Implementing the fight against poverty and social exclusion as mainstreaming on local, regional and national level

Adopting and using the method of open coordination to develop on all levels as part as an element of a participatory democracy.

Project for Seriously Deprived Adolescents

“Flex”– Distant learning programme based on internet

Learning support for young people, who are not attending a school.

Upholding “the right to education” instead of compulsory education leads to structurally ensuring alternative forms of learning. Restrictive measuures do not seem to be the adequate instrument to lead young people back to regular school system

It is less a matter of forcing compulsory education on them and overcoming their resistance.On the contrary, the aim is to claim their “right to education” and to school graduations, taking into account their particular living conditions.

The vicious circle of refusing to go to school and the resulting consequences cannot simply be broken by way of reintegrating students in their original classes. What is more important is their social integration by means of graduation as well as by obtaining professional

The project with the motto “refusing to go to school doesn’t mean refusing to learn!” is an offer of youth social work, which aims at integrating young people into school and vocational school. This project has been promoted for four years in the context of the “KJP – model programme “Arbeitsweltbezogene Jugendsozialarbeit (Youth social work oriented to theprofessional world)” by the German Federal Ministry for Youth.


Christopherus -Jugendwerk Oberrimsingen, Breisach

79206 Breisach

Tel: 07 664/ 409 202

Fax. 07 664/ 409 299


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III. Towards the Local Action Plans (LAPs)

1. Local experiences

Acknowledging that social inclusion and social exclusion takes place at a local context, it can be argued that the development of Local Action Plans
and the mobilisation of local actors can have an important impact in order to reach sustainable results in the process of promoting social inclusion.

Here are ideas on how to proceed in the local level:

  1. Study the NAPs especially as far as your priority areas are concerned
  2. Reflect what you currently do in this field (when, how, how much)
  3. Create a network of local stakeholders to create LAPs and to design code of conducts to work in connection with the national level; engaging the users if possible
  4. Form a LAP base on commonly agreed structure; LAPs should have a similar structure to facilitate the share of experiences (It would be useful to form a common structure for LAPs nation/EU wide).

There are some principles that are useful to be taken into account when defining targets (see: Common Outline for the 2003/2005 NAPs/inclusion).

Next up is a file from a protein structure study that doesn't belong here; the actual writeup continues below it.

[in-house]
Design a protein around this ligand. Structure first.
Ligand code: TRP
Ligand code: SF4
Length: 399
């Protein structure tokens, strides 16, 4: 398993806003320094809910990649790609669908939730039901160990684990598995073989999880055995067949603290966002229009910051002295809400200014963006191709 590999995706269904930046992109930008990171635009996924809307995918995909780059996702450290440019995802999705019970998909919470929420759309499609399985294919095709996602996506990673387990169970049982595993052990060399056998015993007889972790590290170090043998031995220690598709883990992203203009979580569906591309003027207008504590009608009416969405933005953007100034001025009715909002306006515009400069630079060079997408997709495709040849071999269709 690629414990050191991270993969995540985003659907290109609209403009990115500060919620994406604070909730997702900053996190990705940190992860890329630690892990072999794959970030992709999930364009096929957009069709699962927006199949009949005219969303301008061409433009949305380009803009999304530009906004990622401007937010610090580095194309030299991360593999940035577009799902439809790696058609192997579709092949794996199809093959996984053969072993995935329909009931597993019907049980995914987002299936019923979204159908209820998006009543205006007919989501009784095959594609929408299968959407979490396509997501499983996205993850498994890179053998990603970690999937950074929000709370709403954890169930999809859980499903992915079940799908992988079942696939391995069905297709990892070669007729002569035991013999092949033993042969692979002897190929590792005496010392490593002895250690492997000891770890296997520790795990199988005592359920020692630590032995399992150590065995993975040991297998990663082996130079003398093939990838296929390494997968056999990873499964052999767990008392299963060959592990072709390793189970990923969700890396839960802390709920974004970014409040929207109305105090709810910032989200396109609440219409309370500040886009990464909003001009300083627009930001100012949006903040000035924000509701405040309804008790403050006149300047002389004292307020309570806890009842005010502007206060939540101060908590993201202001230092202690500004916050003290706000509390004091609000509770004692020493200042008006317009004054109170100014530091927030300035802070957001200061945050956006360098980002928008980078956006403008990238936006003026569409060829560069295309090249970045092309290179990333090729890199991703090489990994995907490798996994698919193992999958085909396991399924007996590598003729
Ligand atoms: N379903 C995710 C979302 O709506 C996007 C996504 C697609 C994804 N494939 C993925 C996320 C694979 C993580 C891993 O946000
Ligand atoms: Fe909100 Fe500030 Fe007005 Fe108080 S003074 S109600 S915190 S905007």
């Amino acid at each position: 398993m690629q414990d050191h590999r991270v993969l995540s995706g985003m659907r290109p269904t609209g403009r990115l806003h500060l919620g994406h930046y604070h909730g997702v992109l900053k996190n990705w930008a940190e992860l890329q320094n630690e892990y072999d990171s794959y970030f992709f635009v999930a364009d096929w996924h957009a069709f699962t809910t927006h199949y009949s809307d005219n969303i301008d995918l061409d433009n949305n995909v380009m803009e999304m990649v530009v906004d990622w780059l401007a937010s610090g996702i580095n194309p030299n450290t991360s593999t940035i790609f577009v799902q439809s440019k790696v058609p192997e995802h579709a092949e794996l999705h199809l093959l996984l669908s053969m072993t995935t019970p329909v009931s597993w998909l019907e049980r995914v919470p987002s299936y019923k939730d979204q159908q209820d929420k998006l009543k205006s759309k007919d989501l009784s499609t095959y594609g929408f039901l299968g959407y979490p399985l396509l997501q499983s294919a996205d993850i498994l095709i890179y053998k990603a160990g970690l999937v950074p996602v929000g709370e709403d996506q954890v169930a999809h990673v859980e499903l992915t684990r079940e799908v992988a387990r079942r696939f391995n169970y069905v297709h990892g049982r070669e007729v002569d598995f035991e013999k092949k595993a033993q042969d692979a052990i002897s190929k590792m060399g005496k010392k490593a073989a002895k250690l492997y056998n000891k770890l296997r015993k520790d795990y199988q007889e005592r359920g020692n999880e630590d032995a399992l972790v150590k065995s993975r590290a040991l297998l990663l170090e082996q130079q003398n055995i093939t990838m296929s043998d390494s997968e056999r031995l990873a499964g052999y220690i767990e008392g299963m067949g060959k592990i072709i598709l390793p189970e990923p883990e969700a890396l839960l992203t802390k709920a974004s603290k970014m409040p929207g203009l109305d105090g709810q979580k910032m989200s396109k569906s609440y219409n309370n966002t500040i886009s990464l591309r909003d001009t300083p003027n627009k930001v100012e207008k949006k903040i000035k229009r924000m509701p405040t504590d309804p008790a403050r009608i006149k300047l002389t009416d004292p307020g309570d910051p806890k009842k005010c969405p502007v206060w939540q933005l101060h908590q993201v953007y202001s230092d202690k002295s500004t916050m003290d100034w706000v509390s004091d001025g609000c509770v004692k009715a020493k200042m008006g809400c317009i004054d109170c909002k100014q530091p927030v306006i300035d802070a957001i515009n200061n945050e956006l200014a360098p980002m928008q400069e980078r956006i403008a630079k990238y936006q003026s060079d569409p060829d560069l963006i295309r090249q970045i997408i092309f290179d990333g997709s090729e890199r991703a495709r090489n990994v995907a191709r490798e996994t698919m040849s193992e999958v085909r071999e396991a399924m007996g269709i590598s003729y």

Targets should be:

  1. Ambitious but achievable; targets should imply significant progress but should also be realistic
  2. Relevant; achieving the target should contribute significantly to meeting a key objective
  3. Intelligible; targets should be understandable and should make sense to the average person
  4. Quantified and measurable; a target should be specific and the data should be available to measure whether it is being achieved
  5. Time specific; the period of time over which it is intended that the target should be achieved should be specified.

I.T.U Project Support the Emancipation

ITU-project was organised in cooperation with the Parish of Central Pori and the Town of Pori and it took place during 2001-2002. Mrs. Tuija Eskelinen, the deaconess, coordinated the project. The project staff included one part-time deaconess, one full-time and one part-time social educator.


The main goal of the project was to prevent the exclusion of those young people that were in danger of being excluded by promoting their feeling of security, self-esteem and social skills.

The project also aimed to:

  1. Develop knowledge and skills of the youth
  2. Encourage emancipation and participation of the youth
  3. Influence on the structures of the society
  4. Develop professional activities of the church welfare services

Forms of activity

Leisure time activities were organised in peer groups with the presence of a social worker.These activities served either purely to build social relations among young people or promoted their learning for example in form of a study group where the participants did their school home work.

Target Groups

There were eighteen (ten bys and eight girls) 14 to 16 years old students who participants were involved. Teachers first selected the potential participants and then upon their own and their parents’ approval they were accepted as participants.


Young people felt that they had received support

  1. A guidebook for people who can difficulties to success financially
  2. A file for the growth of spiritual life
  3. An edition and a CD-Rom presentation
  4. Awareness that aroused among public on distress suffered by youth people


The project received funding (€50 000 ) from the Church of Finland

  1. The parish of Pori paid the salary of the part-time deaconess
  2. The salary of the part-time social welfare educator was paid by the city of Pori


Tuija Eskelinen

+358 2 6508 828

2. Social Services

There is a lack of a well-defined notion of social services, generally accepted throughout Europe. The understanding of what social services are depends on national traditions and frameworks - including the welfare regimes, legal structure, institutional framework, organization of social (security) system and social/public assistance, financial conditions, political System and economic position. From a Central European point of view, health care and day care for children may be considered social work. The Nordic countries generally have a narrower definition, just covering fields like welfare provision, counselling and support to families and children, placement and foster home administration etc.